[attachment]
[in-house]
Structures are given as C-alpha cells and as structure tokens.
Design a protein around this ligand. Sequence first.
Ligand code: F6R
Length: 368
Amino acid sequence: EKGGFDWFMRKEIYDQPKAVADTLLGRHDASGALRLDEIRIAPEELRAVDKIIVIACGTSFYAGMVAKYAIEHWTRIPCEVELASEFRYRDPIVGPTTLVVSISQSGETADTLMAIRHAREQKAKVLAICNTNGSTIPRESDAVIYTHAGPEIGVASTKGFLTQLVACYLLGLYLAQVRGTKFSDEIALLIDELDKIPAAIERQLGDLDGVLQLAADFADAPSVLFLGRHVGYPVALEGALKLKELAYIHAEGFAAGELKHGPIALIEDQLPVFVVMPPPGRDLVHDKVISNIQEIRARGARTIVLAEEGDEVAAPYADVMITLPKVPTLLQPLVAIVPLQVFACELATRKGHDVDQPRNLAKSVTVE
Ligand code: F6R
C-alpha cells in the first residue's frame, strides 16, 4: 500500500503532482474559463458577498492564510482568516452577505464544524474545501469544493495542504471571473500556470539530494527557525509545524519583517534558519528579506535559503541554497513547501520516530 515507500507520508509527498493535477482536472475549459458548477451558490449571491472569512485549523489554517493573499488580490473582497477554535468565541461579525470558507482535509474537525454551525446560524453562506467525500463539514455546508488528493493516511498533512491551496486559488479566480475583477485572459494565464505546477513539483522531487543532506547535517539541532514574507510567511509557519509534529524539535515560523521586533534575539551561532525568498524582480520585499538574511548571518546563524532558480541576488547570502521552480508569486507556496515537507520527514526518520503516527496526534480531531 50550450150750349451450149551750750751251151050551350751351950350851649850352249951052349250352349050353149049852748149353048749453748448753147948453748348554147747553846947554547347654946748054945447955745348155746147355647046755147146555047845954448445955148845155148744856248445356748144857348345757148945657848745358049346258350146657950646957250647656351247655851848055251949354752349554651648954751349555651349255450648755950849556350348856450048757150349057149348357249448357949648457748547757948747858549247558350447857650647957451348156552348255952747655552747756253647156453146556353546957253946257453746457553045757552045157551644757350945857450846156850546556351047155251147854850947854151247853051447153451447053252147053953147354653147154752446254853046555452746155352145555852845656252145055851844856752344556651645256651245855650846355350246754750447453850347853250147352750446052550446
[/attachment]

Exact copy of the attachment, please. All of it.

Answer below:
[in-house]
Structures are given as C-alpha cells and as structure tokens.
Design a protein around this ligand. Sequence first.
Ligand code: F6R
Length: 368
Amino acid sequence: EKGGFDWFMRKEIYDQPKAVADTLLGRHDASGALRLDEIRIAPEELRAVDKIIVIACGTSFYAGMVAKYAIEHWTRIPCEVELASEFRYRDPIVGPTTLVVSISQSGETADTLMAIRHAREQKAKVLAICNTNGSTIPRESDAVIYTHAGPEIGVASTKGFLTQLVACYLLGLYLAQVRGTKFSDEIALLIDELDKIPAAIERQLGDLDGVLQLAADFADAPSVLFLGRHVGYPVALEGALKLKELAYIHAEGFAAGELKHGPIALIEDQLPVFVVMPPPGRDLVHDKVISNIQEIRARGARTIVLAEEGDEVAAPYADVMITLPKVPTLLQPLVAIVPLQVFACELATRKGHDVDQPRNLAKSVTVE
Ligand code: F6R
C-alpha cells in the first residue's frame, strides 16, 4: 500500500503532482474559463458577498492564510482568516452577505464544524474545501469544493495542504471571473500556470539530494527557525509545524519583517534558519528579506535559503541554497513547501520516530 515507500507520508509527498493535477482536472475549459458548477451558490449571491472569512485549523489554517493573499488580490473582497477554535468565541461579525470558507482535509474537525454551525446560524453562506467525500463539514455546508488528493493516511498533512491551496486559488479566480475583477485572459494565464505546477513539483522531487543532506547535517539541532514574507510567511509557519509534529524539535515560523521586533534575539551561532525568498524582480520585499538574511548571518546563524532558480541576488547570502521552480508569486507556496515537507520527514526518520503516527496526534480531531 50550450150750349451450149551750750751251151050551350751351950350851649850352249951052349250352349050353149049852748149353048749453748448753147948453748348554147747553846947554547347654946748054945447955745348155746147355647046755147146555047845954448445955148845155148744856248445356748144857348345757148945657848745358049346258350146657950646957250647656351247655851848055251949354752349554651648954751349555651349255450648755950849556350348856450048757150349057149348357249448357949648457748547757948747858549247558350447857650647957451348156552348255952747655552747756253647156453146556353546957253946257453746457553045757552045157551644757350945857450846156850546556351047155251147854850947854151247853051447153451447053252147053953147354653147154752446254853046555452746155352145555852845656252145055851844856752344556651645256651245855650846355350246754750447453850347853250147352750446052550446